Stewart went on to state that for his part, we would see a total commitment to upfront and frank comments and that he was happy to be held to account in this regard. He said that he will tell people the way it is, to the extent that he is able. No game-playing, no bombastic claims or statements. He said that to the extent that the Club doesn’t deliver on that front, they will have to explain themselves.

Club 1872 asked if Stewart Robertson would meet with club 1872 members to take questions directly from them as a follow-up to this meeting.

Stewart agreed and said that he would be happy to commit to doing that twice a year. Club 1872 will organise this to happen in the next few weeks, and will invite email questions/comments from members who cannot attend in person.

Club 1872 asked the following question

There’s a general feeling emerging within our support that the Club is in crisis, that standards have slipped and that we are heading for more turbulent times i.e. admin 2. Are people right to be worried? What reassurances can you offer in this regard, and is there an understanding that when worries go unaddressed, they turn to frustration and even anger? Fans are frustrated right now because they fear for their Club and don’t feel they are being heard. 

Stewart answered no to the first part of the question (i.e. are people right to be worried?). He said that the Club is not in crisis as some would have people believe, and that although he understands why people may be concerned in the current climate where bloggers publish smears and outright lies about our Club, there is no risk of Administration. He said that he understands also the point re worries going unaddressed and said it’s important that the Club strikes the correct balance between providing information to fans and protecting delicate negotiations that require confidentiality. He said that running a football Club is not a reality TV show, but that he gets it – Rangers could and should do more in terms of their communication. He referred to some minor errors mentioned by Club 1872 that may have caused confusion or frustration – for example a player turning out in a strip that did not bear the Club crest, and incorrect information being shared via the official Twitter account. These have been looked at and were genuine errors, and assurances have been provided that they will not be repeated. Stewart referred again to his personal and professional commitment to ensuring exceptional standards in all areas of the Club. Supporters should not be concerned that these errors in any way reflect a crisis at the Club.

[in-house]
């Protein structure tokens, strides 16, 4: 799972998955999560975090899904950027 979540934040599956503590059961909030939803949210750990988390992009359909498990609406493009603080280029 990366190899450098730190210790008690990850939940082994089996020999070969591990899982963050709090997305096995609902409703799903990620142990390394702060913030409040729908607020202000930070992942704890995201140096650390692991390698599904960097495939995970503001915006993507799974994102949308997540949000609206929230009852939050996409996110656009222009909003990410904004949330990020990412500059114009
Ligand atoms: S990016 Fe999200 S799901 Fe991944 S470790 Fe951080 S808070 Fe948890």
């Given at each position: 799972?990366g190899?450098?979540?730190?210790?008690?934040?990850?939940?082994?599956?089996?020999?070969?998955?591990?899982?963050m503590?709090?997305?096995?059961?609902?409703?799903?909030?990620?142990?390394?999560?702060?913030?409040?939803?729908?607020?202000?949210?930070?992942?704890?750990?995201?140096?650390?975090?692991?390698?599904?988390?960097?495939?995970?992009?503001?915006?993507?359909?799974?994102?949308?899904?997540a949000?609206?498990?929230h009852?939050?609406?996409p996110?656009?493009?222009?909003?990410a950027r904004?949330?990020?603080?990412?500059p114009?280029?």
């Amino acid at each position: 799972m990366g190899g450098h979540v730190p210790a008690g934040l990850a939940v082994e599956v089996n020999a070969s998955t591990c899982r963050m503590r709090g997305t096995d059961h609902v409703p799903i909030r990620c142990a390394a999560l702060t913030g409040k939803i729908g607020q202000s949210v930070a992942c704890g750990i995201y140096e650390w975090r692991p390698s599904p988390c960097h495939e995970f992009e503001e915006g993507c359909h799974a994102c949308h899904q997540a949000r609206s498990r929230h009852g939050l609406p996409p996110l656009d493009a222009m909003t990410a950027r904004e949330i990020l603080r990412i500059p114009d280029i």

Club 1872 asked

A lack of information, as you alluded to, feeds negative narratives (particularly from online bloggers). This damages the brand, members then contact Club 1872 about it and ask what can be done? What are your thoughts on that, does the Club have any plans to challenge or correct these types of stories? We understand that it wouldn’t be practical to correct all misinformation, but if the claims are serious, wide-reaching and actionable why doesn’t the Club act?

Stewart explained the legal advice the Club has generally been given is that there is no cost effective legal remedy to pursue bloggers circulating  ridiculous lies and smears, often from countries outside the UK. Taking such a case all the way to a trial on a single matter could cost the Club upwards of six figures in legal fees and invariably there is no prospect of recovering such sums from those bloggers. Club 1872 and other Rangers supporters can play a role in raising complaints against those circulating such nonsense and ensuring the truth is heard.